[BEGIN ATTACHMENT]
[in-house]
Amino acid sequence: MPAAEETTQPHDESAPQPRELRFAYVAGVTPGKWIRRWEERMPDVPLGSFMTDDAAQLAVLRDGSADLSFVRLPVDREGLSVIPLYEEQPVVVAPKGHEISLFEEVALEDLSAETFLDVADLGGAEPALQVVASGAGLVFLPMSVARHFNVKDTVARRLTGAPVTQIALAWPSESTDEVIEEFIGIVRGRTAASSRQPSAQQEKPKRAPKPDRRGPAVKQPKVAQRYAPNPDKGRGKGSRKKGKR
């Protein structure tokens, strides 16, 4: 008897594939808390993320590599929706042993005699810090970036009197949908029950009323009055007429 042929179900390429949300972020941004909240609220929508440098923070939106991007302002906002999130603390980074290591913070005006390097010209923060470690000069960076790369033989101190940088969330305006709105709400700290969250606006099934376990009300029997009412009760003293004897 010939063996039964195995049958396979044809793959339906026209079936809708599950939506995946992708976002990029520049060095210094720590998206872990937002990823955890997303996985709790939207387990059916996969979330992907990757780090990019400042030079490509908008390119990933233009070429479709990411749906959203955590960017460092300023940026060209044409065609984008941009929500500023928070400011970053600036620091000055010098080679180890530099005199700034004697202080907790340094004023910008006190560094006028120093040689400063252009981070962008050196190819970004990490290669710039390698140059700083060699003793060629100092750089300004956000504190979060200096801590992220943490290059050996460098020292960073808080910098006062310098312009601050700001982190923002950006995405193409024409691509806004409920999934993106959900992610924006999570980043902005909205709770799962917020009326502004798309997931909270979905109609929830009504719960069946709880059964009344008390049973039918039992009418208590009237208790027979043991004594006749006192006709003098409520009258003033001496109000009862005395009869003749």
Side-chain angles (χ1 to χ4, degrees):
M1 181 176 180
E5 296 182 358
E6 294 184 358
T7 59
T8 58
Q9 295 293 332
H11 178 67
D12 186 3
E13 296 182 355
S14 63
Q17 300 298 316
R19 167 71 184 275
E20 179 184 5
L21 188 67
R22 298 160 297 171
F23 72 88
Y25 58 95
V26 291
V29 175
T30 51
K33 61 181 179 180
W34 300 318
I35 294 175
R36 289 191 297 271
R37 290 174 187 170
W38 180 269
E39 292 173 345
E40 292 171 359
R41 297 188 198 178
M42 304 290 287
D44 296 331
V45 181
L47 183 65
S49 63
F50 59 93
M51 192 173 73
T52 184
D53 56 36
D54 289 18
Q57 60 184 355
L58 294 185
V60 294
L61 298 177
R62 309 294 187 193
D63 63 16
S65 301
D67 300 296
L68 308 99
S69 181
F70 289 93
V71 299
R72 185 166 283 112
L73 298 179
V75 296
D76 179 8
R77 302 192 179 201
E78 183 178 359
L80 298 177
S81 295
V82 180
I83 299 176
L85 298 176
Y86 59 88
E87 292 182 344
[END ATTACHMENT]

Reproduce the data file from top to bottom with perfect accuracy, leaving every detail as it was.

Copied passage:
[in-house]
Amino acid sequence: MPAAEETTQPHDESAPQPRELRFAYVAGVTPGKWIRRWEERMPDVPLGSFMTDDAAQLAVLRDGSADLSFVRLPVDREGLSVIPLYEEQPVVVAPKGHEISLFEEVALEDLSAETFLDVADLGGAEPALQVVASGAGLVFLPMSVARHFNVKDTVARRLTGAPVTQIALAWPSESTDEVIEEFIGIVRGRTAASSRQPSAQQEKPKRAPKPDRRGPAVKQPKVAQRYAPNPDKGRGKGSRKKGKR
């Protein structure tokens, strides 16, 4: 008897594939808390993320590599929706042993005699810090970036009197949908029950009323009055007429 042929179900390429949300972020941004909240609220929508440098923070939106991007302002906002999130603390980074290591913070005006390097010209923060470690000069960076790369033989101190940088969330305006709105709400700290969250606006099934376990009300029997009412009760003293004897 010939063996039964195995049958396979044809793959339906026209079936809708599950939506995946992708976002990029520049060095210094720590998206872990937002990823955890997303996985709790939207387990059916996969979330992907990757780090990019400042030079490509908008390119990933233009070429479709990411749906959203955590960017460092300023940026060209044409065609984008941009929500500023928070400011970053600036620091000055010098080679180890530099005199700034004697202080907790340094004023910008006190560094006028120093040689400063252009981070962008050196190819970004990490290669710039390698140059700083060699003793060629100092750089300004956000504190979060200096801590992220943490290059050996460098020292960073808080910098006062310098312009601050700001982190923002950006995405193409024409691509806004409920999934993106959900992610924006999570980043902005909205709770799962917020009326502004798309997931909270979905109609929830009504719960069946709880059964009344008390049973039918039992009418208590009237208790027979043991004594006749006192006709003098409520009258003033001496109000009862005395009869003749």
Side-chain angles (χ1 to χ4, degrees):
M1 181 176 180
E5 296 182 358
E6 294 184 358
T7 59
T8 58
Q9 295 293 332
H11 178 67
D12 186 3
E13 296 182 355
S14 63
Q17 300 298 316
R19 167 71 184 275
E20 179 184 5
L21 188 67
R22 298 160 297 171
F23 72 88
Y25 58 95
V26 291
V29 175
T30 51
K33 61 181 179 180
W34 300 318
I35 294 175
R36 289 191 297 271
R37 290 174 187 170
W38 180 269
E39 292 173 345
E40 292 171 359
R41 297 188 198 178
M42 304 290 287
D44 296 331
V45 181
L47 183 65
S49 63
F50 59 93
M51 192 173 73
T52 184
D53 56 36
D54 289 18
Q57 60 184 355
L58 294 185
V60 294
L61 298 177
R62 309 294 187 193
D63 63 16
S65 301
D67 300 296
L68 308 99
S69 181
F70 289 93
V71 299
R72 185 166 283 112
L73 298 179
V75 296
D76 179 8
R77 302 192 179 201
E78 183 178 359
L80 298 177
S81 295
V82 180
I83 299 176
L85 298 176
Y86 59 88
E87 292 182 344